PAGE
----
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Auldridge passes away

Saturday, December 29, 2012 – Mike Auldridge, a leading resophonic player and member of the Seldom Scene, died this morning, 1 day short of his 74th birthday in Silver Spring, Md. of cancer.

Born in Washington, D.C., Auldridge began playing guitar at 13 with Josh Graves a key influence. Graves also sold him his first Dobro. A graphic artist, Auldridge started playing music full-time when his employer, the Washington Star-News, folded in 1976.

Auldridge was a founding member of the Seldom Scene, a leading bluegrass band in the Washington area. He also played with Darren Beachley and The Legends of the Potomac bluegrass band, Emerson and Waldron, Cliff Waldron and the New Shades of Grass, Chesapeake and John Starling and Carolina Star, which featured three original members of The Seldom Scene. He also toured with Lyle Lovett and Emmylou Harris.

CD reviews for Seldom Scene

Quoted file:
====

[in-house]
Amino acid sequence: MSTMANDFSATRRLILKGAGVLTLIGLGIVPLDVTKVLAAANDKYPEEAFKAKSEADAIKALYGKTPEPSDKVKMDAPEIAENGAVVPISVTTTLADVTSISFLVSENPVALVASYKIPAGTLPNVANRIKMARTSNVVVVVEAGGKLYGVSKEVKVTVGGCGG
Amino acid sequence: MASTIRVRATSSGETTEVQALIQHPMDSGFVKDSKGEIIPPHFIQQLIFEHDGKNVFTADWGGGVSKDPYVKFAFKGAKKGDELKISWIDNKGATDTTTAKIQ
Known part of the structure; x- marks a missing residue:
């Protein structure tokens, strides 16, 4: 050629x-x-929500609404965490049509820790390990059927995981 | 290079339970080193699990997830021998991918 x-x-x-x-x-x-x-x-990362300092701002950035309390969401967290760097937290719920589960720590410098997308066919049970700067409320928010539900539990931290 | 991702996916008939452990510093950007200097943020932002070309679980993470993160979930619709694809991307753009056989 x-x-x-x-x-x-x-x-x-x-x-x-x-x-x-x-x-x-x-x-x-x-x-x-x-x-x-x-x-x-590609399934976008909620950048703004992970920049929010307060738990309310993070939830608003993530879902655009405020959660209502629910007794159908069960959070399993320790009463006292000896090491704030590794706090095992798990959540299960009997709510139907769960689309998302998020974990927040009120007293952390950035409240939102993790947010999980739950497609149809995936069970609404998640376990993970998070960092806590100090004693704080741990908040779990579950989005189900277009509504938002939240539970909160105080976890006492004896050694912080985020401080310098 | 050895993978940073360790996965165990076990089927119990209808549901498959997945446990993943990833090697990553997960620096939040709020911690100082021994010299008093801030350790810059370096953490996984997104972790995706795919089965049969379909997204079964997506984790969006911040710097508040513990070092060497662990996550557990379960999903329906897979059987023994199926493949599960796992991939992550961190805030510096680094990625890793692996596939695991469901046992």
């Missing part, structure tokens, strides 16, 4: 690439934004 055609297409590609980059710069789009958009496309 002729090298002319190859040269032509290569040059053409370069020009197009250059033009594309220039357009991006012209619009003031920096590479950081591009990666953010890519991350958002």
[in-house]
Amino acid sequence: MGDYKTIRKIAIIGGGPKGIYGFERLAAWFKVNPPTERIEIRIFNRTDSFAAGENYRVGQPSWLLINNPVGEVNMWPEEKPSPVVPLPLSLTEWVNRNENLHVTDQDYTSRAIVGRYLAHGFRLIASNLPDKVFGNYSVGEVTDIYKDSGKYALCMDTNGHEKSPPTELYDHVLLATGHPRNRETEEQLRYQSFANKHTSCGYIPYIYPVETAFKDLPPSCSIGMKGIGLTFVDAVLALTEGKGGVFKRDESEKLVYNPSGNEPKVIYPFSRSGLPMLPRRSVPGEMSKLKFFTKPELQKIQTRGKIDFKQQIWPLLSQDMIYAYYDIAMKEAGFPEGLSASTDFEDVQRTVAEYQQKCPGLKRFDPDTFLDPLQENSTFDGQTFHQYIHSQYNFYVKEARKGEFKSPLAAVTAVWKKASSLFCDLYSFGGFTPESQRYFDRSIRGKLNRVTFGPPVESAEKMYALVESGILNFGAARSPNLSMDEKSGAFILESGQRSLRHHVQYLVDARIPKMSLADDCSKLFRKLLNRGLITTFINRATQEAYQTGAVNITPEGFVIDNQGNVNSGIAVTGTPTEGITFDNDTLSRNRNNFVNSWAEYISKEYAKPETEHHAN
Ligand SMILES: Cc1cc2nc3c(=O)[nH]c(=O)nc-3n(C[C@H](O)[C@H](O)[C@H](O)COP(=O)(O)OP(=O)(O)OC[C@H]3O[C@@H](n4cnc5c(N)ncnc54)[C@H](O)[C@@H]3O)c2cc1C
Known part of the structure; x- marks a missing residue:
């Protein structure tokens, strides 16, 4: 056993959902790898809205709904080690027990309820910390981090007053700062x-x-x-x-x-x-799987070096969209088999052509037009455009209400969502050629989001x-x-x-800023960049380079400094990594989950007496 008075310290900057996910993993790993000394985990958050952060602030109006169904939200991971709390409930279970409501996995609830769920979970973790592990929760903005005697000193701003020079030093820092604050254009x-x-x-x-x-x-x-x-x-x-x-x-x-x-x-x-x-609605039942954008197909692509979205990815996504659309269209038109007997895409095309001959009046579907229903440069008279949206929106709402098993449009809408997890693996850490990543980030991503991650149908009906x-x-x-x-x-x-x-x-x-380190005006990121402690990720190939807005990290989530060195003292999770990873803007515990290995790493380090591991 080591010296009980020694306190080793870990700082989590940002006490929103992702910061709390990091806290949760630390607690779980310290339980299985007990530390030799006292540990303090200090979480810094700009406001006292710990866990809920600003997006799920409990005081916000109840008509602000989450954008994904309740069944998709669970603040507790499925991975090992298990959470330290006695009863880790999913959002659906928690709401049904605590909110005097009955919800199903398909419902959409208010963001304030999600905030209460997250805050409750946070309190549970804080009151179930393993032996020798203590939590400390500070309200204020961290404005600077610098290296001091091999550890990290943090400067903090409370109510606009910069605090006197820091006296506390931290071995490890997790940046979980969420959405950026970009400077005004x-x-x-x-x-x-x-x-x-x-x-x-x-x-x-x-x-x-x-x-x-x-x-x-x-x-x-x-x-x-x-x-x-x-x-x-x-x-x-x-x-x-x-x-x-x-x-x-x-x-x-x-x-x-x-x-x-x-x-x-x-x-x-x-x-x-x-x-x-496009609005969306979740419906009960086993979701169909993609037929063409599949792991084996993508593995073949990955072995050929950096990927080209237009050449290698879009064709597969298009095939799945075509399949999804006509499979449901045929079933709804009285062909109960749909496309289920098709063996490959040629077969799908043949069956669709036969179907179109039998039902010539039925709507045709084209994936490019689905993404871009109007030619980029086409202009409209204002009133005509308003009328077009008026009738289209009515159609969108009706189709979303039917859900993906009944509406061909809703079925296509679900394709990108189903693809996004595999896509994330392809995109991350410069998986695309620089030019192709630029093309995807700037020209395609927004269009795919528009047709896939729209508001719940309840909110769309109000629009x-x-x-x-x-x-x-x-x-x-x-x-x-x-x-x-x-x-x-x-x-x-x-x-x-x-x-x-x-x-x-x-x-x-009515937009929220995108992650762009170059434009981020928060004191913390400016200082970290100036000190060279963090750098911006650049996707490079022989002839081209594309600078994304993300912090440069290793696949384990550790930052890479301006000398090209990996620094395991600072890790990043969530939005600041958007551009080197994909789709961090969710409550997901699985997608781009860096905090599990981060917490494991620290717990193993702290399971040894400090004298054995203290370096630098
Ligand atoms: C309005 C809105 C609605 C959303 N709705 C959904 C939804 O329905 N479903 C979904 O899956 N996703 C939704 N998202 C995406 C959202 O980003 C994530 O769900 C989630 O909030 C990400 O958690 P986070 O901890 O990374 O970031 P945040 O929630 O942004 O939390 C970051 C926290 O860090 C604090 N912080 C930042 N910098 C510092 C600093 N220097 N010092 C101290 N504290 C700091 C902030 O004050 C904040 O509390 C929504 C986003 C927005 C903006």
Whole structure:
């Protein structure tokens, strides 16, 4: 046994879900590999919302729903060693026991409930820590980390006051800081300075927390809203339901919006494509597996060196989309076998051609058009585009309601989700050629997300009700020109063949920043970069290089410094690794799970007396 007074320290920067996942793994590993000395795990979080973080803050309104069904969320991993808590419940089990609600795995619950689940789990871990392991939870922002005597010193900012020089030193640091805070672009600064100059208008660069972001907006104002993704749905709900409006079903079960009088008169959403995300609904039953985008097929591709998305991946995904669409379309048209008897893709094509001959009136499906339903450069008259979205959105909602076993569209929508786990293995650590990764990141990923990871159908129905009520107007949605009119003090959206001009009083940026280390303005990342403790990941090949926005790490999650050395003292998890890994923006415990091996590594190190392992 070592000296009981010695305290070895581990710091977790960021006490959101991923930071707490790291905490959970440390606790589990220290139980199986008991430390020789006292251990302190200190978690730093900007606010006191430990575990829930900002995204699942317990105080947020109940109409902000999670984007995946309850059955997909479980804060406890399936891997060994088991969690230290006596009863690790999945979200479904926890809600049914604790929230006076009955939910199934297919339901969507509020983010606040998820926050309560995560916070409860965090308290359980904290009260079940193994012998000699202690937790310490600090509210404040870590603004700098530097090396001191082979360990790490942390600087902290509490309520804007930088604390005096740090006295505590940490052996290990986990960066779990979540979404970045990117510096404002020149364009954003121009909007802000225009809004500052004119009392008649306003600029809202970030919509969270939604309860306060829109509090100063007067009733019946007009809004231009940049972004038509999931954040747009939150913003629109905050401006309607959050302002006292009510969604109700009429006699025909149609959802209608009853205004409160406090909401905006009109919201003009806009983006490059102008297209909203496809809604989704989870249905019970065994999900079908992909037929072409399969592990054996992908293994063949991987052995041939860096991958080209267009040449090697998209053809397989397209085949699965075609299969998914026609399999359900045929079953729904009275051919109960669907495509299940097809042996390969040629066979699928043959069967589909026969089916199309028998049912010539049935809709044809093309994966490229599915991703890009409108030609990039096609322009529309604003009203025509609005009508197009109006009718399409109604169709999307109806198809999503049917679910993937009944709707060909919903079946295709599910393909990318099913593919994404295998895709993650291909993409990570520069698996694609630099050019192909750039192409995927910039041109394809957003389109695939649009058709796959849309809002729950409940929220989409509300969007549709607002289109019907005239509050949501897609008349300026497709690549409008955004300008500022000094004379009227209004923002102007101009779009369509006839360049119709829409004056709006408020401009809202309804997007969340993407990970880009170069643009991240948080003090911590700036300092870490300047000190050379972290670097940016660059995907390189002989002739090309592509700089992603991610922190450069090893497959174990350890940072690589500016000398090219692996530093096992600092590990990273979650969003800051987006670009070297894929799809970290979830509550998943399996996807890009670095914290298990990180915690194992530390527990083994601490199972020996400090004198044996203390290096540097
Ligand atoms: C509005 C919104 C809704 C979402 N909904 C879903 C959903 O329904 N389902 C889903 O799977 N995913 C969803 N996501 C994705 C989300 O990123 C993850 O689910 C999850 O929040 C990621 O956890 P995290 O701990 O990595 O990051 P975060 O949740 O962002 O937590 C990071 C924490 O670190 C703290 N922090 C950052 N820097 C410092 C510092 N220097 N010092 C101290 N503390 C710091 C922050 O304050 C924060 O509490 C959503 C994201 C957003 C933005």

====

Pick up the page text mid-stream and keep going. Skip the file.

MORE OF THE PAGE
Different Roads CD review - Different Roads
From its inception in the early 1970s, the Seldom Scene has been one of the most consistently interesting and quietly progressive bands in modern bluegrass. This 14-track compilation highlights the band's classic original lineup of mandolinist John Duffey, guitarist John Starling, Dobro star Mike Auldridge, banjoist Ben Eldridge (the lone original member in today's roster) and bassist Tom Gray. The puzzling thing about this compilation is why it exists. The Seldom Scene released 8 »»»
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Concert Review: Moakler does it his way – Steve Moakler told the good-sized crowd that he had played just about every college there is in the area. Now, that would be quite a lot and probably a bit hyperbolic. But the point is he's trying to do it his way. Without the benefits of commercial radio play or a label behind him, Moakler has benefitted from extraterrestrial radio playing his... »»»
Concert Review: Giddens captivates, engages – About the only thing wrong that Rhiannon Giddens did was play a too small 900-plus seat venue that sold out months in advance. Aside from that misstep of not allowing in even more of her fans, Giddens was captivating, engaging and certainly not afraid to continue as potent musical force, although she was far more overtly political.... »»»
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